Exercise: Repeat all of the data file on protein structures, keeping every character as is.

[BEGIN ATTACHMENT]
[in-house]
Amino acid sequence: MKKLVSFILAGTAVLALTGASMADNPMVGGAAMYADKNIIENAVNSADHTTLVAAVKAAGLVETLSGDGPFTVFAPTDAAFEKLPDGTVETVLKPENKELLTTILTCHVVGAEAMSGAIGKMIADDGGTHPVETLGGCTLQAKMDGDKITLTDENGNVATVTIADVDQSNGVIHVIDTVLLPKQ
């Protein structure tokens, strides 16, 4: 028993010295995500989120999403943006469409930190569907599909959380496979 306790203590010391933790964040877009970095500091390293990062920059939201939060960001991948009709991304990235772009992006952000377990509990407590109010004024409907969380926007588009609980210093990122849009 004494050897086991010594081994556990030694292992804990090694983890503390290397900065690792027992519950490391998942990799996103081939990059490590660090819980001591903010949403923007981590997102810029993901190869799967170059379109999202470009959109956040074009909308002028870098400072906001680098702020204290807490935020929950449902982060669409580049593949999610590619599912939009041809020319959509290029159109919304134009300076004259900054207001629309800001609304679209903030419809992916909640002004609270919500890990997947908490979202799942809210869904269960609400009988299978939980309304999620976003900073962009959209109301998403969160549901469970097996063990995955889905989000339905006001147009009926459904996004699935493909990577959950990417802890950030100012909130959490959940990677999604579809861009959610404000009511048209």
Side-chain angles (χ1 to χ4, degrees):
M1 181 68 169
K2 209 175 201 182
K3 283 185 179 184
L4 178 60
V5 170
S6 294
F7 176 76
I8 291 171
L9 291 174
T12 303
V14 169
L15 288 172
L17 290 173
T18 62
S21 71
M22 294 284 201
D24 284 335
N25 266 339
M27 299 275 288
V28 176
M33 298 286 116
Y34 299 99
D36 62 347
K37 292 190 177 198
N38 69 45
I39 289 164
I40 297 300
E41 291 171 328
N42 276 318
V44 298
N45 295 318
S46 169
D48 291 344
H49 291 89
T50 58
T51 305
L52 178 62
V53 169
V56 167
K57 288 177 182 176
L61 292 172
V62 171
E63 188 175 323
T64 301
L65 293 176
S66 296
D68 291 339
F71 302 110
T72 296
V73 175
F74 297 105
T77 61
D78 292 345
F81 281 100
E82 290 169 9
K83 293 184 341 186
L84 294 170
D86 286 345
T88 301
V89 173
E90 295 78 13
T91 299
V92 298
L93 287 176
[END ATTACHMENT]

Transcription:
[in-house]
Amino acid sequence: MKKLVSFILAGTAVLALTGASMADNPMVGGAAMYADKNIIENAVNSADHTTLVAAVKAAGLVETLSGDGPFTVFAPTDAAFEKLPDGTVETVLKPENKELLTTILTCHVVGAEAMSGAIGKMIADDGGTHPVETLGGCTLQAKMDGDKITLTDENGNVATVTIADVDQSNGVIHVIDTVLLPKQ
């Protein structure tokens, strides 16, 4: 028993010295995500989120999403943006469409930190569907599909959380496979 306790203590010391933790964040877009970095500091390293990062920059939201939060960001991948009709991304990235772009992006952000377990509990407590109010004024409907969380926007588009609980210093990122849009 004494050897086991010594081994556990030694292992804990090694983890503390290397900065690792027992519950490391998942990799996103081939990059490590660090819980001591903010949403923007981590997102810029993901190869799967170059379109999202470009959109956040074009909308002028870098400072906001680098702020204290807490935020929950449902982060669409580049593949999610590619599912939009041809020319959509290029159109919304134009300076004259900054207001629309800001609304679209903030419809992916909640002004609270919500890990997947908490979202799942809210869904269960609400009988299978939980309304999620976003900073962009959209109301998403969160549901469970097996063990995955889905989000339905006001147009009926459904996004699935493909990577959950990417802890950030100012909130959490959940990677999604579809861009959610404000009511048209």
Side-chain angles (χ1 to χ4, degrees):
M1 181 68 169
K2 209 175 201 182
K3 283 185 179 184
L4 178 60
V5 170
S6 294
F7 176 76
I8 291 171
L9 291 174
T12 303
V14 169
L15 288 172
L17 290 173
T18 62
S21 71
M22 294 284 201
D24 284 335
N25 266 339
M27 299 275 288
V28 176
M33 298 286 116
Y34 299 99
D36 62 347
K37 292 190 177 198
N38 69 45
I39 289 164
I40 297 300
E41 291 171 328
N42 276 318
V44 298
N45 295 318
S46 169
D48 291 344
H49 291 89
T50 58
T51 305
L52 178 62
V53 169
V56 167
K57 288 177 182 176
L61 292 172
V62 171
E63 188 175 323
T64 301
L65 293 176
S66 296
D68 291 339
F71 302 110
T72 296
V73 175
F74 297 105
T77 61
D78 292 345
F81 281 100
E82 290 169 9
K83 293 184 341 186
L84 294 170
D86 286 345
T88 301
V89 173
E90 295 78 13
T91 299
V92 298
L93 287 176